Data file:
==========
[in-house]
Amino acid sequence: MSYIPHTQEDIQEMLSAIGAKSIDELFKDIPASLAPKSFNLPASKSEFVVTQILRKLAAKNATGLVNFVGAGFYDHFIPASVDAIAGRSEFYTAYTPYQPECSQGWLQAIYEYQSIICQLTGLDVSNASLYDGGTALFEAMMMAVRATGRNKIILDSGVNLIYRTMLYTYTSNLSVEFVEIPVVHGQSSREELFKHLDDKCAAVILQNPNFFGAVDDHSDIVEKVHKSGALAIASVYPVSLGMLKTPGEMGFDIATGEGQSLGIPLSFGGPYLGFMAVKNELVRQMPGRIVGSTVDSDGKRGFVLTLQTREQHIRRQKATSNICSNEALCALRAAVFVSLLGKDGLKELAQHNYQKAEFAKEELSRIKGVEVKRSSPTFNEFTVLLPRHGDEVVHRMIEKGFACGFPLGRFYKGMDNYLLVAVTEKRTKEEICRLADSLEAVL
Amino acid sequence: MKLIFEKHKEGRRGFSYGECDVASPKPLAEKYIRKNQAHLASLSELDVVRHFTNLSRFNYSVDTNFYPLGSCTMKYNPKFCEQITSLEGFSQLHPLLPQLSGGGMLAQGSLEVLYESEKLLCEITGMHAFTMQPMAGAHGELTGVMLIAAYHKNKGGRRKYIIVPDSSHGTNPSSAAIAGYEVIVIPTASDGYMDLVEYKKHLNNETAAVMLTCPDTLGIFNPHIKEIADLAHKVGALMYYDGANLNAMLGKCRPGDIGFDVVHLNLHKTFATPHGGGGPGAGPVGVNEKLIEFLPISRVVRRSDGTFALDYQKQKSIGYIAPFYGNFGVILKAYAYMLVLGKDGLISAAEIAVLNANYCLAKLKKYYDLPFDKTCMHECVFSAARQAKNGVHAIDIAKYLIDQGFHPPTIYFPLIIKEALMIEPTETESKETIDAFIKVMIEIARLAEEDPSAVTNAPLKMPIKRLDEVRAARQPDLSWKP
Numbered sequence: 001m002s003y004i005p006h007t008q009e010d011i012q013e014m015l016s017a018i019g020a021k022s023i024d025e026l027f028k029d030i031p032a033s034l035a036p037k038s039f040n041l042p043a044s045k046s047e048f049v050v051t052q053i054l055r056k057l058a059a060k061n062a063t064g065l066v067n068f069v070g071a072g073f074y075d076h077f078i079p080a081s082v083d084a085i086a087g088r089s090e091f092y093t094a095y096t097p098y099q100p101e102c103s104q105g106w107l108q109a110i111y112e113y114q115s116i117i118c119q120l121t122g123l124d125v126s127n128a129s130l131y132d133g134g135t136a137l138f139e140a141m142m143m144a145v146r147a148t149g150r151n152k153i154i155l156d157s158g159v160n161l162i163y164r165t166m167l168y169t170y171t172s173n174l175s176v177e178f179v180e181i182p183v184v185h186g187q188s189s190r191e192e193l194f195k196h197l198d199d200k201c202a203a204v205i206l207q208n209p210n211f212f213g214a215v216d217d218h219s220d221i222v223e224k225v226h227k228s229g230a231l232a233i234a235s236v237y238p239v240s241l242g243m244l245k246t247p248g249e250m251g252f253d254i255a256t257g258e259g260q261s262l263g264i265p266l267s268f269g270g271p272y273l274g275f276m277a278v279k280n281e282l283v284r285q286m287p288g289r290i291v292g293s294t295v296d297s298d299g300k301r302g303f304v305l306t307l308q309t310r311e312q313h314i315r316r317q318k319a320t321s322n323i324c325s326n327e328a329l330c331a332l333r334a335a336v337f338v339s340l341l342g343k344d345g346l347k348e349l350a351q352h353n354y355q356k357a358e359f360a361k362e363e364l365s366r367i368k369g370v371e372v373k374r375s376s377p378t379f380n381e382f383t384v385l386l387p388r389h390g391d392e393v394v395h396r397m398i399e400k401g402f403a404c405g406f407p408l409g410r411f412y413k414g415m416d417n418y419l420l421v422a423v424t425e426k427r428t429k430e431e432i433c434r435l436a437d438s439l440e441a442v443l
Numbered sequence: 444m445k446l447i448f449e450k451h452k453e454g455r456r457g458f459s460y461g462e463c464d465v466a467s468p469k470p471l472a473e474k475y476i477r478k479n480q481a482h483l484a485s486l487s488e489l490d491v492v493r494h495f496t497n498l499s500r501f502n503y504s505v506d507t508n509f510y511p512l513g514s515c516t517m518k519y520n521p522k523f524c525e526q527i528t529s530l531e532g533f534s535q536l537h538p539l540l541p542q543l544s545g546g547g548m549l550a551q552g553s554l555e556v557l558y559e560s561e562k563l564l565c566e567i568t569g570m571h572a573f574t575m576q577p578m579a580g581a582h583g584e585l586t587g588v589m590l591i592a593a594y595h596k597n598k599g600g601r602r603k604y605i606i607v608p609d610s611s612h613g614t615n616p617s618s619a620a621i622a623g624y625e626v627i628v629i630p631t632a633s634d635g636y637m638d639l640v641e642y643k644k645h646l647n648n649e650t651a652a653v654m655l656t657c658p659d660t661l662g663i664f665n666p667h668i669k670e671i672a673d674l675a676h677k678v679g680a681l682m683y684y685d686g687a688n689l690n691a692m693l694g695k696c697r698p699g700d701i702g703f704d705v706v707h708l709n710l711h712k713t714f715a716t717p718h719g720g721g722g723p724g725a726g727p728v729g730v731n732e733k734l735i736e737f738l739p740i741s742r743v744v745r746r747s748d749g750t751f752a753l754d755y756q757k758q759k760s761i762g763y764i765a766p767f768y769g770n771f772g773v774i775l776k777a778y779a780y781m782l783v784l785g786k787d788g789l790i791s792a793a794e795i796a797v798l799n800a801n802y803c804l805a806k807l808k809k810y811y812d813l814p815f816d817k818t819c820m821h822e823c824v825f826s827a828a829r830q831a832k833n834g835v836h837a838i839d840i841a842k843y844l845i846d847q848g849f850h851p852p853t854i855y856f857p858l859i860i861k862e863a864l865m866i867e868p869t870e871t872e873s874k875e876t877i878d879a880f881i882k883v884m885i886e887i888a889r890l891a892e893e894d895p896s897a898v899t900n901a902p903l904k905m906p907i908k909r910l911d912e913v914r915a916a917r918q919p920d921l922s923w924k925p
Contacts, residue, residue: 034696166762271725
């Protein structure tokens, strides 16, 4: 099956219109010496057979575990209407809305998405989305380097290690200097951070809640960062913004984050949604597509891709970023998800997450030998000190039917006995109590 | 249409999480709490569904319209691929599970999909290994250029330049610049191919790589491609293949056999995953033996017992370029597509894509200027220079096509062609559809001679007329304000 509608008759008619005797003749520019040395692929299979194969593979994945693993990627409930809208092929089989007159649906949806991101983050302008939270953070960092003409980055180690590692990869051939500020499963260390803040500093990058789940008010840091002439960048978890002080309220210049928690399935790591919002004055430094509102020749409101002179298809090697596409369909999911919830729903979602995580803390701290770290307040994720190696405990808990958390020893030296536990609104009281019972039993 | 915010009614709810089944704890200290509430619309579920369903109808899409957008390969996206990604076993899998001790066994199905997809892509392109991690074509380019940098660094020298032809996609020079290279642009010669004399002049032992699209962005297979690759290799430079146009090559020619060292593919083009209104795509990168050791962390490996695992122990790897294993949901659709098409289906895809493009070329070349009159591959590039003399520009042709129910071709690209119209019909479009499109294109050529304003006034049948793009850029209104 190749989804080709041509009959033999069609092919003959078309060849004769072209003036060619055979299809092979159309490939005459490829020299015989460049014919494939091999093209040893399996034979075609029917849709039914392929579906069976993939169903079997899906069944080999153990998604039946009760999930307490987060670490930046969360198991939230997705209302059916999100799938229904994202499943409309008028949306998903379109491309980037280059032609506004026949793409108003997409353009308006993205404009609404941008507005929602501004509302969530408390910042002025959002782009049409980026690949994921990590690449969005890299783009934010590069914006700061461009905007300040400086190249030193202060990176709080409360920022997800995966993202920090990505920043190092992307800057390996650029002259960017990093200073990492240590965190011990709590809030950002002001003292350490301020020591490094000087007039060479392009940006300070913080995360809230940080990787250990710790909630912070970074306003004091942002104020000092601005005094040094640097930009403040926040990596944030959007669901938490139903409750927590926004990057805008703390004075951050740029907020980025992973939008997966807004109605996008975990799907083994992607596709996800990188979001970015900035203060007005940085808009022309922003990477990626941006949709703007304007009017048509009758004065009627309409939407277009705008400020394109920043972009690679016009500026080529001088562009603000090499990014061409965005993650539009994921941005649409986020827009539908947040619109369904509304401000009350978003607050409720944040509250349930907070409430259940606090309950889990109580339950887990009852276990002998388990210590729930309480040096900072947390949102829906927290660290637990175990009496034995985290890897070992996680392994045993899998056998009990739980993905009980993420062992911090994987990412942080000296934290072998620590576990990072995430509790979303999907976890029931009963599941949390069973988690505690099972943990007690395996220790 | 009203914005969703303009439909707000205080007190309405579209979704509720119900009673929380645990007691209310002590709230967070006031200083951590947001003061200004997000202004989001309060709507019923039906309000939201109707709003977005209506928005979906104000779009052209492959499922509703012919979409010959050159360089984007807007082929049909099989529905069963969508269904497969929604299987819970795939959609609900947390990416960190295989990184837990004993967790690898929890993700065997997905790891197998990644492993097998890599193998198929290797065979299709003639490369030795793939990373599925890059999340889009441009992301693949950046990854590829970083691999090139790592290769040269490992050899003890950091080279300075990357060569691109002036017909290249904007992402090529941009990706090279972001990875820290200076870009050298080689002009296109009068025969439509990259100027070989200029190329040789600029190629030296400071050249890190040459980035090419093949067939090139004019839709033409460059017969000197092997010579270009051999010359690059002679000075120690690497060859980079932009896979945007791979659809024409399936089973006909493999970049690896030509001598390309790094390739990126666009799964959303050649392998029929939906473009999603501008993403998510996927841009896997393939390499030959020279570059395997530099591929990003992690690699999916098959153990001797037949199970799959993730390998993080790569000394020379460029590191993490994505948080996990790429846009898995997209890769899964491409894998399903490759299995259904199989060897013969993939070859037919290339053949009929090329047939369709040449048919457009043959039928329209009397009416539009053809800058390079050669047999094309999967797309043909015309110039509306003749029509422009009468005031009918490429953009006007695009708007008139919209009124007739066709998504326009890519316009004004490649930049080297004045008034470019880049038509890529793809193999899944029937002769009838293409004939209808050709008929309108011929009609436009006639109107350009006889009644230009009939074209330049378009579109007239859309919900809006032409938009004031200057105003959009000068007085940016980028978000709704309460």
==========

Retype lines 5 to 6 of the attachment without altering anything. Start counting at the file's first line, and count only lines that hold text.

Numbered sequence: 444m445k446l447i448f449e450k451h452k453e454g455r456r457g458f459s460y461g462e463c464d465v466a467s468p469k470p471l472a473e474k475y476i477r478k479n480q481a482h483l484a485s486l487s488e489l490d491v492v493r494h495f496t497n498l499s500r501f502n503y504s505v506d507t508n509f510y511p512l513g514s515c516t517m518k519y520n521p522k523f524c525e526q527i528t529s530l531e532g533f534s535q536l537h538p539l540l541p542q543l544s545g546g547g548m549l550a551q552g553s554l555e556v557l558y559e560s561e562k563l564l565c566e567i568t569g570m571h572a573f574t575m576q577p578m579a580g581a582h583g584e585l586t587g588v589m590l591i592a593a594y595h596k597n598k599g600g601r602r603k604y605i606i607v608p609d610s611s612h613g614t615n616p617s618s619a620a621i622a623g624y625e626v627i628v629i630p631t632a633s634d635g636y637m638d639l640v641e642y643k644k645h646l647n648n649e650t651a652a653v654m655l656t657c658p659d660t661l662g663i664f665n666p667h668i669k670e671i672a673d674l675a676h677k678v679g680a681l682m683y684y685d686g687a688n689l690n691a692m693l694g695k696c697r698p699g700d701i702g703f704d705v706v707h708l709n710l711h712k713t714f715a716t717p718h719g720g721g722g723p724g725a726g727p728v729g730v731n732e733k734l735i736e737f738l739p740i741s742r743v744v745r746r747s748d749g750t751f752a753l754d755y756q757k758q759k760s761i762g763y764i765a766p767f768y769g770n771f772g773v774i775l776k777a778y779a780y781m782l783v784l785g786k787d788g789l790i791s792a793a794e795i796a797v798l799n800a801n802y803c804l805a806k807l808k809k810y811y812d813l814p815f816d817k818t819c820m821h822e823c824v825f826s827a828a829r830q831a832k833n834g835v836h837a838i839d840i841a842k843y844l845i846d847q848g849f850h851p852p853t854i855y856f857p858l859i860i861k862e863a864l865m866i867e868p869t870e871t872e873s874k875e876t877i878d879a880f881i882k883v884m885i886e887i888a889r890l891a892e893e894d895p896s897a898v899t900n901a902p903l904k905m906p907i908k909r910l911d912e913v914r915a916a917r918q919p920d921l922s923w924k925p
Contacts, residue, residue: 034696166762271725